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Research interests

Stephen Hailes graduated from Cambridge University in a mixture of natural science and computer science and came to work at UCL as a post doc, researching in the area of multimedia systems. In that role, he performed the first demonstration of video conferencing over IP networks in the UK – a precursor of technologies like Skype. Stephen’s research interests then developed in three main directions: trust and security, in which he was one of the founders of the field of computational trust; networking, in which he has contributed to the development of the next generation Internet and to the security of networked industrial control systems; and, latterly, sensor and robotic systems. It is this on which his contribution to this project will primarily draw.

Stephen has built a group, attracted considerable funding (>£10 million to UCL, in projects worth >£50 million), and built a set of interdisciplinary relationships with the aim of improving the nature of the science that can be undertaken in a variety of fields. This includes the monitoring of:

  • people – for reasons of assessing health, wellbeing, and sports performance. For example, our sensors have been used by a UK Olympic team and we have participated in studies on children’s play behaviours; of children with autism spectrum disorders; children with Juvenile Idiopathic Arthritis; the accessibility experiences of wheelchair users; and patients with dementia, specifically post cortical atrophy.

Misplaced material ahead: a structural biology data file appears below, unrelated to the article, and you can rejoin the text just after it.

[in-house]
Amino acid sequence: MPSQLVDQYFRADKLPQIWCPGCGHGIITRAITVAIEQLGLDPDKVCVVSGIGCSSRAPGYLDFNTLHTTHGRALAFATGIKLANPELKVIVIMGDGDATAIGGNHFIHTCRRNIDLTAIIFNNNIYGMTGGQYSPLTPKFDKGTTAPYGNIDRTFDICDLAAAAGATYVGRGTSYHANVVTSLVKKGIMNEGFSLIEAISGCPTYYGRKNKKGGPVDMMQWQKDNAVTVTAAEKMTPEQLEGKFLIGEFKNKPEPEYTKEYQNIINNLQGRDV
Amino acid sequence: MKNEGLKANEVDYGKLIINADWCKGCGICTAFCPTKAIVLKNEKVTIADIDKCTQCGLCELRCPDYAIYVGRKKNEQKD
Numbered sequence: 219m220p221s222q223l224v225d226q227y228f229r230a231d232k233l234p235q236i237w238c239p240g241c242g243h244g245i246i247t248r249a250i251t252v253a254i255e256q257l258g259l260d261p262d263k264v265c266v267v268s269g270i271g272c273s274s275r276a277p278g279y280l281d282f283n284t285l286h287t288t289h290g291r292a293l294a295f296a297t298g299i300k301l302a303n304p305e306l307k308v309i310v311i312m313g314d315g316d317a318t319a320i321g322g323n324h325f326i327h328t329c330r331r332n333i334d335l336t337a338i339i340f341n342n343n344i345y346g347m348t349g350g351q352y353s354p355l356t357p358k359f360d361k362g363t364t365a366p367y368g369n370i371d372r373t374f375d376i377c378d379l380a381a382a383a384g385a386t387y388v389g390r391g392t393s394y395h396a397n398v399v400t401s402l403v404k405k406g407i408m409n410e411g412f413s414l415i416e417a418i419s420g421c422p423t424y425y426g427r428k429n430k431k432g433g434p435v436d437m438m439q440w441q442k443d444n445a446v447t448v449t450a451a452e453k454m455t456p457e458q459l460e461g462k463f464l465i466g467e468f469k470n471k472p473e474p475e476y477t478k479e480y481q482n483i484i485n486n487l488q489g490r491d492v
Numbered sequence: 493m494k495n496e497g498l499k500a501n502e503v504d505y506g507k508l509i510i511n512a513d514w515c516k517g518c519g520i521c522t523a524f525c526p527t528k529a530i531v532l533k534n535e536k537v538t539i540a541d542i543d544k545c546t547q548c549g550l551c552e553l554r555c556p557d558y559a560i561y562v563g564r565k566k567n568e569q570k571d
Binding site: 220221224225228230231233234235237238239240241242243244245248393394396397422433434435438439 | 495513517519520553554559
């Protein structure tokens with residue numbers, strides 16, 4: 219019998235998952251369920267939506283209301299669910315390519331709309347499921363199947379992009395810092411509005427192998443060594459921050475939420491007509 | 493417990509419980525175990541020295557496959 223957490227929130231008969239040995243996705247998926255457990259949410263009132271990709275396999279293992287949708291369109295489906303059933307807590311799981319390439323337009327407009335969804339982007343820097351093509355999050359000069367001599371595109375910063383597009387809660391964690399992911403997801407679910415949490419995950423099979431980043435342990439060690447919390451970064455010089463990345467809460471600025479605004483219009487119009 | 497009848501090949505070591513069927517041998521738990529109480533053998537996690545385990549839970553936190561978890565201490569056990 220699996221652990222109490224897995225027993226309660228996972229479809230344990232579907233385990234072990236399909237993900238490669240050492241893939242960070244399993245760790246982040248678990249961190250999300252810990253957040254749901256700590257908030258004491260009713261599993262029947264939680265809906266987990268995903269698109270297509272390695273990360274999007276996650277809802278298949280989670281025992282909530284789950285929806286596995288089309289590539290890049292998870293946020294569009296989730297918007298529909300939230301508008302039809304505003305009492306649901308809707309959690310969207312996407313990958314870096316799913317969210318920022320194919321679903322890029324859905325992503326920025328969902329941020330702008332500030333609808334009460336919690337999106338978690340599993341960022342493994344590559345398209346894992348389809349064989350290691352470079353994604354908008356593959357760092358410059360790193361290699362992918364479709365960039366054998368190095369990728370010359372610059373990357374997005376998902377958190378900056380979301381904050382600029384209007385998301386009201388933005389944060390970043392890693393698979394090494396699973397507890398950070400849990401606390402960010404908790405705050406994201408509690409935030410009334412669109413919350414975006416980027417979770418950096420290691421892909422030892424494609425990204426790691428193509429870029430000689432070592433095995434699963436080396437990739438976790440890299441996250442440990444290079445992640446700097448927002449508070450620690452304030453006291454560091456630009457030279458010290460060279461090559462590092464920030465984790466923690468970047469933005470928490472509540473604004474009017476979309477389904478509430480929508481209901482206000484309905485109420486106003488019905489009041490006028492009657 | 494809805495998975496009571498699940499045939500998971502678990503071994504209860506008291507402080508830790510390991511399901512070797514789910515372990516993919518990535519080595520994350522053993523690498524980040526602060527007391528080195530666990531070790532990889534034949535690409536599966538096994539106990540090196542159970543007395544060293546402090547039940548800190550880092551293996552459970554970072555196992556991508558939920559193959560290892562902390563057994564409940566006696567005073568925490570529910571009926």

• animals – for reasons of epidemiology (assessing the likely spread of foot and mouth disease on open hillsides); ecology (e.g. understanding the behaviours of a variety of endangered animals in Botswana); and as part of a medical research project that is quantifying phenotypes and disease progression in animal models of neurodegenerative diseases.
  • the environment – both indoors (energy and water use, explosives detection, and the detection of methamphetamine labs) and outdoors (CO distribution in urban canyons, CO­2 production from volcanic sources, SLAM).

A significant proportion of our research involves the development and use of localisation technology, both outdoors and indoors, using the fusion of information from a set of relatively inexpensive sensors. Stephen’s group designs hardware appropriate to particular deployment domains and writes the software for that; we design data collection mechanisms; and we both tune and use existing data analysis techniques and develop new mathematical tools for the analysis of data, enabling us to conduct novel science in collaboration with others. Latterly, he has again been more involved in security (of industrial control systems) and robotics. As a consequence, he publishes in both computer science and more general scientific and engineering venues.

See here for instructions on how to get to UCL and for accomodation in the nearby area

Contact: Stephen Hailes